Pub. date: 2010 | Online Pub. Date: October 18, 2010 | DOI: 10.4135/9781412979344 | Print ISBN: 9781412960830 | Online ISBN: 9781412979344| Publisher:SAGE Publications, Inc.About this handbook
Chapter 77: Women's Leadership in the Reproductive Rights Movement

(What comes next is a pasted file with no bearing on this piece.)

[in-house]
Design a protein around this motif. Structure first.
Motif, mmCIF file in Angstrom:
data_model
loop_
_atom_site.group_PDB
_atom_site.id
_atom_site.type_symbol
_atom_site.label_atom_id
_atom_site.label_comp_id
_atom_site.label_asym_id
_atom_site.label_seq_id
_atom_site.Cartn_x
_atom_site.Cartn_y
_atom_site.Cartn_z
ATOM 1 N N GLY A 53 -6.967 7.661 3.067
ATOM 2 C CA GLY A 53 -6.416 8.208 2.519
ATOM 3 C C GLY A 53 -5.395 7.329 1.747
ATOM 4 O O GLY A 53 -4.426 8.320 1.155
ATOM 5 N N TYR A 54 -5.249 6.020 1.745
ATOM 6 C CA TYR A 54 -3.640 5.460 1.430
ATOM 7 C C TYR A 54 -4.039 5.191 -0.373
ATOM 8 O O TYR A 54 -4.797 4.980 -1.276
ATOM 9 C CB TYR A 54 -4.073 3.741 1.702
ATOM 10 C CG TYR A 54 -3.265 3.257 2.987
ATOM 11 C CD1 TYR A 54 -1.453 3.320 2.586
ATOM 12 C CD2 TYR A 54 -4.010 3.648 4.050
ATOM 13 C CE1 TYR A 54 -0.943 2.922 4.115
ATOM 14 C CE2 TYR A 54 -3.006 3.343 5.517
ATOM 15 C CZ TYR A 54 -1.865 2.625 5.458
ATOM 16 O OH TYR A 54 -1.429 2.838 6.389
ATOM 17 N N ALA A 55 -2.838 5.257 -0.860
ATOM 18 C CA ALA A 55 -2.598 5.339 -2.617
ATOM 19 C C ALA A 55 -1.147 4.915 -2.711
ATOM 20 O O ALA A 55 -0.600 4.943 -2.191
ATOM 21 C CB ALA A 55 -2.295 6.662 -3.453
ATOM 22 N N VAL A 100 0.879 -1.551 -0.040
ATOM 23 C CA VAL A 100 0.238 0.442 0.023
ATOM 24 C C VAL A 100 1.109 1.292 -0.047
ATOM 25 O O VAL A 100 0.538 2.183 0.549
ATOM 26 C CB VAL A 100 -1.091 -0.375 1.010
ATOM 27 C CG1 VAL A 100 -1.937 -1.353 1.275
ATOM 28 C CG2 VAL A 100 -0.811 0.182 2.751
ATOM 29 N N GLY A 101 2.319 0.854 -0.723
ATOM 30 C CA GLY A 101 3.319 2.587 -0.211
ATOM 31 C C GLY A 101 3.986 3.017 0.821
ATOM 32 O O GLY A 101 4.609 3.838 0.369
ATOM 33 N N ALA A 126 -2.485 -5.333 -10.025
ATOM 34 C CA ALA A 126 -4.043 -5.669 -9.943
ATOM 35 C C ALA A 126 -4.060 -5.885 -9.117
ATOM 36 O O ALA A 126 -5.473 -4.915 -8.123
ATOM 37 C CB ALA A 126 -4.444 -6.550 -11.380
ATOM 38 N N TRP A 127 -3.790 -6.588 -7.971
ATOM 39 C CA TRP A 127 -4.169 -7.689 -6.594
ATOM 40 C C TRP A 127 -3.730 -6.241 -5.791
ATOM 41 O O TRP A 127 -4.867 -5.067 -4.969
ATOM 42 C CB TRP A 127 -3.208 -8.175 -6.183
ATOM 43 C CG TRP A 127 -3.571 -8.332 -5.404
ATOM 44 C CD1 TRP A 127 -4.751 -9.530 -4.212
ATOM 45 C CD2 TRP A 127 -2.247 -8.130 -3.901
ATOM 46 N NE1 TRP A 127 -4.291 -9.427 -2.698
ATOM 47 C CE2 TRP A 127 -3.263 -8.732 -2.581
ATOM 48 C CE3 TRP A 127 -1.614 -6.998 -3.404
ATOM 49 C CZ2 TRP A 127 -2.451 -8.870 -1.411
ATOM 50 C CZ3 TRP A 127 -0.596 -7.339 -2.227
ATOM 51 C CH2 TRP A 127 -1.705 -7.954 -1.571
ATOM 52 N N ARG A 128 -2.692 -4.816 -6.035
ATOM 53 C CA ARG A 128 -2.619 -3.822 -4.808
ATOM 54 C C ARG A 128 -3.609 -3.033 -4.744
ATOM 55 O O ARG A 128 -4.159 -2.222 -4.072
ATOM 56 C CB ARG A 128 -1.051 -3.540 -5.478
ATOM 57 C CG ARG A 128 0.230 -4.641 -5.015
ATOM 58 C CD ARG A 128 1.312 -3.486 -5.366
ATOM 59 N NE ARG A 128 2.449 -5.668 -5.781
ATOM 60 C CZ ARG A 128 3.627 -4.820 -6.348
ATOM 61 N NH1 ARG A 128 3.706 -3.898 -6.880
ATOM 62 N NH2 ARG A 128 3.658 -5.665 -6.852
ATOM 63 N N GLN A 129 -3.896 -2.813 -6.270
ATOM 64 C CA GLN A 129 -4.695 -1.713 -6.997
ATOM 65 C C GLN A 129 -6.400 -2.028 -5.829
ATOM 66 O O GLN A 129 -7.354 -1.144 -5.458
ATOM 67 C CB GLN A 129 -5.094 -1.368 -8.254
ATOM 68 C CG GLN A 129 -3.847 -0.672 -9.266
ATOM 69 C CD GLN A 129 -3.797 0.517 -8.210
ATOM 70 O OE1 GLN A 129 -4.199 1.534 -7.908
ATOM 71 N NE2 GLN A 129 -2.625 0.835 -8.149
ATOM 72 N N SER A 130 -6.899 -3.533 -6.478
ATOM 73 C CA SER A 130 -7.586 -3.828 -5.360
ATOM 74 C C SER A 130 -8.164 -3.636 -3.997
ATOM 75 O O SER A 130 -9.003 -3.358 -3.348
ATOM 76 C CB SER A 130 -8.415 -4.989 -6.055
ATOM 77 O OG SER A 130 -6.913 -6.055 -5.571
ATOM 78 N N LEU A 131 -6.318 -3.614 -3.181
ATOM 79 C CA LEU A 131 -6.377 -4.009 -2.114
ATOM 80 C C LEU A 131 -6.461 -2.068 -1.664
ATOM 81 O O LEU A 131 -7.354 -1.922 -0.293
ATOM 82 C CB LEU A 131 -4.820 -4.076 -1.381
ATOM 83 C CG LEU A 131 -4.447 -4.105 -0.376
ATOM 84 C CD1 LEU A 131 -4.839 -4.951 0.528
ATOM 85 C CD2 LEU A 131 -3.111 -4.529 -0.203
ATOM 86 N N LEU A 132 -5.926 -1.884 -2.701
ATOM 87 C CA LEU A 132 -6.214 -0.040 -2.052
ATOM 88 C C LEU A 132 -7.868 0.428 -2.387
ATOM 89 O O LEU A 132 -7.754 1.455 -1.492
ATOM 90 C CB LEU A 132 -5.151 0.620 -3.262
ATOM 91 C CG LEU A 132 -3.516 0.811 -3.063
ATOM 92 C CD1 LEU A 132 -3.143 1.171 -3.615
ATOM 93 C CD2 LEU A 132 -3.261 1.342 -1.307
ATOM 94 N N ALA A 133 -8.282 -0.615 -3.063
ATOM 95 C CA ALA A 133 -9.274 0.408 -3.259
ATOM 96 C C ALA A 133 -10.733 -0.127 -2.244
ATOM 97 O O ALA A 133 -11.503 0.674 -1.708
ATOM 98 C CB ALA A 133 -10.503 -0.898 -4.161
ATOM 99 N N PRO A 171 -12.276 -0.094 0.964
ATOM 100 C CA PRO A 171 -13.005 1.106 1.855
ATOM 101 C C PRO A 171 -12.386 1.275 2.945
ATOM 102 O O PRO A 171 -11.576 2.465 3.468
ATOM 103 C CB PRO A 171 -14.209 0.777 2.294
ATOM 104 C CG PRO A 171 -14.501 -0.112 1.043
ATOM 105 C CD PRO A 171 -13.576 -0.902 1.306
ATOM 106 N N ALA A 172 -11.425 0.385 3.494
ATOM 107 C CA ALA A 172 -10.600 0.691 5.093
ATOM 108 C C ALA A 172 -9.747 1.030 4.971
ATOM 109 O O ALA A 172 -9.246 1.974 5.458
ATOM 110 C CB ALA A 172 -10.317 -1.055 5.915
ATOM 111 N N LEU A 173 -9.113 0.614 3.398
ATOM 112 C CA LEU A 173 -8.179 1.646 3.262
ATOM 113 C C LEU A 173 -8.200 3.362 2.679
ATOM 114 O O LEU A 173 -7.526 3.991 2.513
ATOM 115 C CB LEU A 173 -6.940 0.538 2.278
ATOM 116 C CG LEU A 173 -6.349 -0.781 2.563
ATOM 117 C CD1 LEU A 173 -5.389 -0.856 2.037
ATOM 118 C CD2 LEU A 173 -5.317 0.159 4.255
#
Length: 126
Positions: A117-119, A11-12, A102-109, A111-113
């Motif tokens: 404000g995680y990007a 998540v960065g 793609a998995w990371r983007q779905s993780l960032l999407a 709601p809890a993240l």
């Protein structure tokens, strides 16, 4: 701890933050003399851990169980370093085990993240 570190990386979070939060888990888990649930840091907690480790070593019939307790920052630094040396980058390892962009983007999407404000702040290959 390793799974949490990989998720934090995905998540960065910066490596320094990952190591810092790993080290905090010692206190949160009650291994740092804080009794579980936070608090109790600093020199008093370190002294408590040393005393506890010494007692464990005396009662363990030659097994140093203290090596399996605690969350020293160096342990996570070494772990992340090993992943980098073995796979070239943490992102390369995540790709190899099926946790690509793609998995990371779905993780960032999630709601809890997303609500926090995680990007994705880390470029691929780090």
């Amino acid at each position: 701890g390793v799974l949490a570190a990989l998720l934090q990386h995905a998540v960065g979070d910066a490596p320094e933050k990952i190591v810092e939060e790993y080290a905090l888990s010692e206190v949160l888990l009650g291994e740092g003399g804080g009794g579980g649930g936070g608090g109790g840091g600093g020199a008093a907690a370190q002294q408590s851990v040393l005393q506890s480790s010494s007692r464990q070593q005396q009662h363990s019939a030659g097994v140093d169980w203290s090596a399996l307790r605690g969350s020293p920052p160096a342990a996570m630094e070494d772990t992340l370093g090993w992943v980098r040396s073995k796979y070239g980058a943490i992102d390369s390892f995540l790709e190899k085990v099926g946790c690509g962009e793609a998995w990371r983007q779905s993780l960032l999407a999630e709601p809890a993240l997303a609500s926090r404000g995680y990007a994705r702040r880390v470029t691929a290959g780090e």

Women's leadership in the reproductive rights movement The central tenet of the reproductive rights movement in the United States is that women should be able to control their own fertility and, if they choose, limit their family size. Accordingly, the movement largely focuses on two fronts: the right to access birth control and contraception to prevent pregnancy and the right to access abortion to end a pregnancy. The reproductive rights movement in the United States is a relatively young one. It was not until the late 19th century that the “voluntary motherhood” movement began to publicly advocate for “natural” birth control (periodic or complete abstinence). In the early 20th century a few crusaders, such as Margaret Sanger and Mary Ware Dennett, spearheaded the movement for access to “artificial” birth control (contraceptive devices such as, at the time, diaphragms). These early leaders tested restrictive laws such as the 1873 federal Comstock ...